For the next few months, I am going to do a brief recap of some powerful parenting (with educational topics) books I’ve read.
Sometimes reading quotes from books helps shift my mindset on certain topics and gets me focused on what’s really important when raising children.
Book Title: The Secrets of Happy Families
Author: Bruce Feiler
In The Secrets of Happy Families, New York Times bestselling author Bruce Feiler has drawn up a blueprint for modern families — a new approach to family dynamics, inspired by cutting-edge techniques gathered from experts in the disciplines of science, business, sports, and the military.
The result is a funny and thought-provoking playbook for contemporary families, with more than 200 useful strategies, including: the right way to have family dinner, what your mother never told you about sex (but should have), and why you should always have two women present in difficult conversations…
Timely, compassionate, and filled with practical tips and wise advice, Bruce Feiler’s The Secrets of Happy Families: Improve Your Mornings, Rethink Family Dinner, Fight Smarter, Go Out and Play, and Much More should be required reading for all parents.
This book had a TON of really great ideas to put into action in our home. I listened to it and found myself rewinding to take notes. I especially liked the chapter that discussed different ways families handle chores in the home.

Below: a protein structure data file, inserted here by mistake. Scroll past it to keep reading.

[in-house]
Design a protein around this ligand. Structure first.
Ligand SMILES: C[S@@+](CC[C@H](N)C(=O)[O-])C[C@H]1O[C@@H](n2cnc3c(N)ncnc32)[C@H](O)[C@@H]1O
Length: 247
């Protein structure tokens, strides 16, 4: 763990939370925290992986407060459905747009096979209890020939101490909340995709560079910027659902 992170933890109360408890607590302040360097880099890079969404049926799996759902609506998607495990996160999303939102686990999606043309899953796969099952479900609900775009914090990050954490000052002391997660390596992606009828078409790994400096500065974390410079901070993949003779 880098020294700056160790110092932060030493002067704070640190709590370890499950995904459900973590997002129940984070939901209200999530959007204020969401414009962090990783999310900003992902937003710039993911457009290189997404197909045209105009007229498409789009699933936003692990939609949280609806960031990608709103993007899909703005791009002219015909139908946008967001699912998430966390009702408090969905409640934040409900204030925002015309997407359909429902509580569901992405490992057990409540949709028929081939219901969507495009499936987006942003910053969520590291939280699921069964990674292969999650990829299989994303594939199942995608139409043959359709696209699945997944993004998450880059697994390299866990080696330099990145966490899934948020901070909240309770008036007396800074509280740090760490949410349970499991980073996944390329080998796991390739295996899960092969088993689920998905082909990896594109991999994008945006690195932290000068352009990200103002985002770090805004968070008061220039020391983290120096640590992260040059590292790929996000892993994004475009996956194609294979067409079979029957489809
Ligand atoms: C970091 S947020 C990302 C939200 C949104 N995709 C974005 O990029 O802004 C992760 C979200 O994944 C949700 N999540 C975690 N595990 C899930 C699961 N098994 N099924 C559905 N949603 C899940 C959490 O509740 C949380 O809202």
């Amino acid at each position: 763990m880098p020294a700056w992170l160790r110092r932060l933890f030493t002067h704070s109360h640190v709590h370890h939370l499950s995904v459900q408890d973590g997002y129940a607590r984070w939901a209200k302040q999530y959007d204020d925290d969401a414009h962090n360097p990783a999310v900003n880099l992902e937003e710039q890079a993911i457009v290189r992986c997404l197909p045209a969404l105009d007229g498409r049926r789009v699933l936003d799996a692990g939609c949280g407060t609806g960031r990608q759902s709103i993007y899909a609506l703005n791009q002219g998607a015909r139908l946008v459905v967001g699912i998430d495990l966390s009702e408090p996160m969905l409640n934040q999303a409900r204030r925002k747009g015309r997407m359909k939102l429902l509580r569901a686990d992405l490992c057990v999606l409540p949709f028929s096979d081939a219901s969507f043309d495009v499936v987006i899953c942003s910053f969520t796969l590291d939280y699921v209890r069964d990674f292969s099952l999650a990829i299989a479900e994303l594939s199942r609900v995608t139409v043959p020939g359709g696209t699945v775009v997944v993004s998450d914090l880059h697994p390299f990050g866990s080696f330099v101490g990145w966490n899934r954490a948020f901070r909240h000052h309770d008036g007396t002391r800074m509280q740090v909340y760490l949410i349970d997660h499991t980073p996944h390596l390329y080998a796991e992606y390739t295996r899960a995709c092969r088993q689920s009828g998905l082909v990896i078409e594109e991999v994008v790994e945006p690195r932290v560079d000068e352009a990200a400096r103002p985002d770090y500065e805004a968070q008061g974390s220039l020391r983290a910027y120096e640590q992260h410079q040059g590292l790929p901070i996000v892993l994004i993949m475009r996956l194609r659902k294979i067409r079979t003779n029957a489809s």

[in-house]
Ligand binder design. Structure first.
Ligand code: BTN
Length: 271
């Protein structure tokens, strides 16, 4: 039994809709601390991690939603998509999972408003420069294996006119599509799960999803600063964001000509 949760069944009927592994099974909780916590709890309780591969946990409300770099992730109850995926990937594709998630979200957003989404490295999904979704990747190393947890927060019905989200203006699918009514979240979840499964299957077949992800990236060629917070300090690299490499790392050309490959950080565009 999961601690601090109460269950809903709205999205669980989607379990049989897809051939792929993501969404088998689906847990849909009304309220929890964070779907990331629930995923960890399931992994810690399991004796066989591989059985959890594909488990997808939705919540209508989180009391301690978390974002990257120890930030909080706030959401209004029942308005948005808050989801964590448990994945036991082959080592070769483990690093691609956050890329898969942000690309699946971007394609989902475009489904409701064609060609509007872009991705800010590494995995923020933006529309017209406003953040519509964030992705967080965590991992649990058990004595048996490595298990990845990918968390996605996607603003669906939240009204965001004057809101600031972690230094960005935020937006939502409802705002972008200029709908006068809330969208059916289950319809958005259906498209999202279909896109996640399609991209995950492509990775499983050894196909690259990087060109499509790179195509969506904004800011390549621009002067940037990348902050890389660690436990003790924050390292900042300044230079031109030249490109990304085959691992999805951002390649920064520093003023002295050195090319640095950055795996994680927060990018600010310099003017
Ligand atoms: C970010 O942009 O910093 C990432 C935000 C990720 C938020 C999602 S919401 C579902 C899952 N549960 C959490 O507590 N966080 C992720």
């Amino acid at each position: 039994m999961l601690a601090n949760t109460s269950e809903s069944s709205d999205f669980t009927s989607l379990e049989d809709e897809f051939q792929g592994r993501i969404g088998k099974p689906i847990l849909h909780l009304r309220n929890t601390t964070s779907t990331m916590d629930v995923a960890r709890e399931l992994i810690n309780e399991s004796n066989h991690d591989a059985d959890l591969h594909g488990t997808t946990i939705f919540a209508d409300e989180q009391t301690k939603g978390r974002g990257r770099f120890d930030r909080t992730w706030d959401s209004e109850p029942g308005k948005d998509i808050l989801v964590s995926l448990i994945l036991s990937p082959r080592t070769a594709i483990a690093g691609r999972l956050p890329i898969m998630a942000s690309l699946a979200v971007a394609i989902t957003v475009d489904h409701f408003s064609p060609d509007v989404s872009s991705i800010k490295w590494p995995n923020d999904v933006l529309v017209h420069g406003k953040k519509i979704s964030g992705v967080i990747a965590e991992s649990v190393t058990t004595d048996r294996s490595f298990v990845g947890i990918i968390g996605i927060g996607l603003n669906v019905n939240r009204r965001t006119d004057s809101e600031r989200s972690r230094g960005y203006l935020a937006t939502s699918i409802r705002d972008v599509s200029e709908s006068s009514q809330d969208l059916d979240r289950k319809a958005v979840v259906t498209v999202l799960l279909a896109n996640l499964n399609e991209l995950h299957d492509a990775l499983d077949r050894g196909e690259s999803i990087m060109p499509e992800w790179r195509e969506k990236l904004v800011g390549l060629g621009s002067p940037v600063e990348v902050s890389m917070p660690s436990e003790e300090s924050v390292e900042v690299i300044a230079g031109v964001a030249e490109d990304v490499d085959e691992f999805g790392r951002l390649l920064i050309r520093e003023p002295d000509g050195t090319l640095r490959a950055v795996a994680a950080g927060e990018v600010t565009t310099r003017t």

Top Ten Quotes:
- “A recent wave of research shows that children who eat dinner with their families are less likely to drink, smoke, do drugs, get pregnant, commit suicide, and develop eating disorders. Additional research found that children who enjoy family meals have larger vocabularies, better manners, healthier diets, and higher self-esteem.”
- “In his work as a management consultant, Covey often asked his corporate clients to write a one-sentence answer to the question “What is this organization’s essential mission or purpose and what is its main strategy to accomplish that?” DO THIS FOR YOUR FAMILY!
- “Create a safe zone. Every parent quickly learns that every child—and every adult—handles conflict differently. Some push back when criticized, some turn inward, some break down in tears.”
- “The Starrs came up with a modified three questions for their family meeting. 1. What things went well in our family this week? 2. What things could we improve in our family? 3. What things will you commit to working on this week?”
- “By picking their own punishments, children become more internally driven to avoid them. By choosing their own rewards, children become more intrinsically motivated to achieve them. Let your kids take a greater role in raising themselves.”
- “The more kids remembered about their own history, the more confidence they had to approach challenges in their lives. Especially before a big test, sporting event, or other high-stress moment, encourage your children to tell stories about their past successes or how they overcame failure. It will boost their performance.”